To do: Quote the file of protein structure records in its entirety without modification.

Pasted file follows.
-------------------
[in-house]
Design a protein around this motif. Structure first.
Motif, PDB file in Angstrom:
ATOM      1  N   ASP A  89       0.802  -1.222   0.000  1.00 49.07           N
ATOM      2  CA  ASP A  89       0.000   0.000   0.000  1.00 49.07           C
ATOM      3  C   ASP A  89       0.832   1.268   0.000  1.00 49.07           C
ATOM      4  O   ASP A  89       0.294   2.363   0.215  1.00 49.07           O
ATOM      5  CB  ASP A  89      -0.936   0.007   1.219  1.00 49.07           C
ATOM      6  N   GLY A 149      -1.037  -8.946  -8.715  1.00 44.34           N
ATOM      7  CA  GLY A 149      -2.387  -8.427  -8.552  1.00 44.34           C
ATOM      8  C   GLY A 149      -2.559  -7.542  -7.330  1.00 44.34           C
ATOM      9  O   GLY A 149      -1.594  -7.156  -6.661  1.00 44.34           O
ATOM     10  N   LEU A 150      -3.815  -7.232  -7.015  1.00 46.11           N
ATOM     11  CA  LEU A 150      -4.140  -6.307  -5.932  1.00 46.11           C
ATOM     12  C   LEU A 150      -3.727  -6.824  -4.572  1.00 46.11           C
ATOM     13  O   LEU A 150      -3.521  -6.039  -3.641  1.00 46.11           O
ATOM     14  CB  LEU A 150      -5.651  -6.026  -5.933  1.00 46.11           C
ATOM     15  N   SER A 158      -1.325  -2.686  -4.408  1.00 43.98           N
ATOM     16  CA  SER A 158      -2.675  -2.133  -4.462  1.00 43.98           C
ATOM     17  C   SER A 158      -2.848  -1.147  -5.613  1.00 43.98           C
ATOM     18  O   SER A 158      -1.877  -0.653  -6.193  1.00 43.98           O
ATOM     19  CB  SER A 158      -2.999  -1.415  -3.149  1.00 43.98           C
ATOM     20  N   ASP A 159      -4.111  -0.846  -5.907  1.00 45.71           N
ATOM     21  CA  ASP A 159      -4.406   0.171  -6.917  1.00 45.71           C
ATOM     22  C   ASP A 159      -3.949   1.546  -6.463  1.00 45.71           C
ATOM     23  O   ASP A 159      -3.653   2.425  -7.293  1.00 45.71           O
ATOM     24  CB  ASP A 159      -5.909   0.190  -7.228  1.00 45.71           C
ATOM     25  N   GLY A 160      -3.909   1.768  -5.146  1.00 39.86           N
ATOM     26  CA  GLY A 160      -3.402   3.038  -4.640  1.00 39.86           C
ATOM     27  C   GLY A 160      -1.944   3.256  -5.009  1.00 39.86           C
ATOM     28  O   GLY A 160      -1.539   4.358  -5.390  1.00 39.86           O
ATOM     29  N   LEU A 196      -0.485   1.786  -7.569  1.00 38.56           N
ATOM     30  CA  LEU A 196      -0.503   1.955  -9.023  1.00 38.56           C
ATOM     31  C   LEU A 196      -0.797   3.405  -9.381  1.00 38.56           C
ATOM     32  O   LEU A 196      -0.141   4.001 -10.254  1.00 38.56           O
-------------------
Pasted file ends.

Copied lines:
[in-house]
Design a protein around this motif. Structure first.
Motif, PDB file in Angstrom:
ATOM      1  N   ASP A  89       0.802  -1.222   0.000  1.00 49.07           N
ATOM      2  CA  ASP A  89       0.000   0.000   0.000  1.00 49.07           C
ATOM      3  C   ASP A  89       0.832   1.268   0.000  1.00 49.07           C
ATOM      4  O   ASP A  89       0.294   2.363   0.215  1.00 49.07           O
ATOM      5  CB  ASP A  89      -0.936   0.007   1.219  1.00 49.07           C
ATOM      6  N   GLY A 149      -1.037  -8.946  -8.715  1.00 44.34           N
ATOM      7  CA  GLY A 149      -2.387  -8.427  -8.552  1.00 44.34           C
ATOM      8  C   GLY A 149      -2.559  -7.542  -7.330  1.00 44.34           C
ATOM      9  O   GLY A 149      -1.594  -7.156  -6.661  1.00 44.34           O
ATOM     10  N   LEU A 150      -3.815  -7.232  -7.015  1.00 46.11           N
ATOM     11  CA  LEU A 150      -4.140  -6.307  -5.932  1.00 46.11           C
ATOM     12  C   LEU A 150      -3.727  -6.824  -4.572  1.00 46.11           C
ATOM     13  O   LEU A 150      -3.521  -6.039  -3.641  1.00 46.11           O
ATOM     14  CB  LEU A 150      -5.651  -6.026  -5.933  1.00 46.11           C
ATOM     15  N   SER A 158      -1.325  -2.686  -4.408  1.00 43.98           N
ATOM     16  CA  SER A 158      -2.675  -2.133  -4.462  1.00 43.98           C
ATOM     17  C   SER A 158      -2.848  -1.147  -5.613  1.00 43.98           C
ATOM     18  O   SER A 158      -1.877  -0.653  -6.193  1.00 43.98           O
ATOM     19  CB  SER A 158      -2.999  -1.415  -3.149  1.00 43.98           C
ATOM     20  N   ASP A 159      -4.111  -0.846  -5.907  1.00 45.71           N
ATOM     21  CA  ASP A 159      -4.406   0.171  -6.917  1.00 45.71           C
ATOM     22  C   ASP A 159      -3.949   1.546  -6.463  1.00 45.71           C
ATOM     23  O   ASP A 159      -3.653   2.425  -7.293  1.00 45.71           O
ATOM     24  CB  ASP A 159      -5.909   0.190  -7.228  1.00 45.71           C
ATOM     25  N   GLY A 160      -3.909   1.768  -5.146  1.00 39.86           N
ATOM     26  CA  GLY A 160      -3.402   3.038  -4.640  1.00 39.86           C
ATOM     27  C   GLY A 160      -1.944   3.256  -5.009  1.00 39.86           C
ATOM     28  O   GLY A 160      -1.539   4.358  -5.390  1.00 39.86           O
ATOM     29  N   LEU A 196      -0.485   1.786  -7.569  1.00 38.56           N
ATOM     30  CA  LEU A 196      -0.503   1.955  -9.023  1.00 38.56           C
ATOM     31  C   LEU A 196      -0.797   3.405  -9.381  1.00 38.56           C
ATOM     32  O   LEU A 196      -0.141   4.001 -10.254  1.00 38.56           O